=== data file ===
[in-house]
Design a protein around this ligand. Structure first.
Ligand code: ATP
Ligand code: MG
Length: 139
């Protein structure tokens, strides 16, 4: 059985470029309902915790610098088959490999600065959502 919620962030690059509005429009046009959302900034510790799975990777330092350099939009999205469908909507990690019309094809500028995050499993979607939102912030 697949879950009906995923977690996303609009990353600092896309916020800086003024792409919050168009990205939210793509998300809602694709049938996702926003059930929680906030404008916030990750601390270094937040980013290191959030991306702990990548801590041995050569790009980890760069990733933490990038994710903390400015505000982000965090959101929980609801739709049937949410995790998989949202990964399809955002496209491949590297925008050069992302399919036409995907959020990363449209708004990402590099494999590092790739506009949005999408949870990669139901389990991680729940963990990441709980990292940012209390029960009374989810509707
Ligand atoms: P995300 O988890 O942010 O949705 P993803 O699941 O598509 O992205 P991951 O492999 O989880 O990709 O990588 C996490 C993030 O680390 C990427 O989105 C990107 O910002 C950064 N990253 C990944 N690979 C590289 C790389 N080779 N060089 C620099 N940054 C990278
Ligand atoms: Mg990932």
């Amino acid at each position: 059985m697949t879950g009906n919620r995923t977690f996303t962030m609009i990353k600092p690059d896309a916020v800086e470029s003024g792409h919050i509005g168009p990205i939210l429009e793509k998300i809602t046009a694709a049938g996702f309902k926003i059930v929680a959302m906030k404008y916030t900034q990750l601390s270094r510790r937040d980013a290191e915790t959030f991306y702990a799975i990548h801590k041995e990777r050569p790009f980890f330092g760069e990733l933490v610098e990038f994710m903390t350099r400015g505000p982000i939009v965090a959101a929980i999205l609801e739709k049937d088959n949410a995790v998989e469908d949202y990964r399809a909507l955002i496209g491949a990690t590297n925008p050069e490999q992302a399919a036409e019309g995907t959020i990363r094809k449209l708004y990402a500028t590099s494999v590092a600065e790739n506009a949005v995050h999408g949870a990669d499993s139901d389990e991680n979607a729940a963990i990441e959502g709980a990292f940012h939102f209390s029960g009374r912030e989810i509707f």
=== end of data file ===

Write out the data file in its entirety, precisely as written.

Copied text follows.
[in-house]
Design a protein around this ligand. Structure first.
Ligand code: ATP
Ligand code: MG
Length: 139
């Protein structure tokens, strides 16, 4: 059985470029309902915790610098088959490999600065959502 919620962030690059509005429009046009959302900034510790799975990777330092350099939009999205469908909507990690019309094809500028995050499993979607939102912030 697949879950009906995923977690996303609009990353600092896309916020800086003024792409919050168009990205939210793509998300809602694709049938996702926003059930929680906030404008916030990750601390270094937040980013290191959030991306702990990548801590041995050569790009980890760069990733933490990038994710903390400015505000982000965090959101929980609801739709049937949410995790998989949202990964399809955002496209491949590297925008050069992302399919036409995907959020990363449209708004990402590099494999590092790739506009949005999408949870990669139901389990991680729940963990990441709980990292940012209390029960009374989810509707
Ligand atoms: P995300 O988890 O942010 O949705 P993803 O699941 O598509 O992205 P991951 O492999 O989880 O990709 O990588 C996490 C993030 O680390 C990427 O989105 C990107 O910002 C950064 N990253 C990944 N690979 C590289 C790389 N080779 N060089 C620099 N940054 C990278
Ligand atoms: Mg990932």
């Amino acid at each position: 059985m697949t879950g009906n919620r995923t977690f996303t962030m609009i990353k600092p690059d896309a916020v800086e470029s003024g792409h919050i509005g168009p990205i939210l429009e793509k998300i809602t046009a694709a049938g996702f309902k926003i059930v929680a959302m906030k404008y916030t900034q990750l601390s270094r510790r937040d980013a290191e915790t959030f991306y702990a799975i990548h801590k041995e990777r050569p790009f980890f330092g760069e990733l933490v610098e990038f994710m903390t350099r400015g505000p982000i939009v965090a959101a929980i999205l609801e739709k049937d088959n949410a995790v998989e469908d949202y990964r399809a909507l955002i496209g491949a990690t590297n925008p050069e490999q992302a399919a036409e019309g995907t959020i990363r094809k449209l708004y990402a500028t590099s494999v590092a600065e790739n506009a949005v995050h999408g949870a990669d499993s139901d389990e991680n979607a729940a963990i990441e959502g709980a990292f940012h939102f209390s029960g009374r912030e989810i509707f």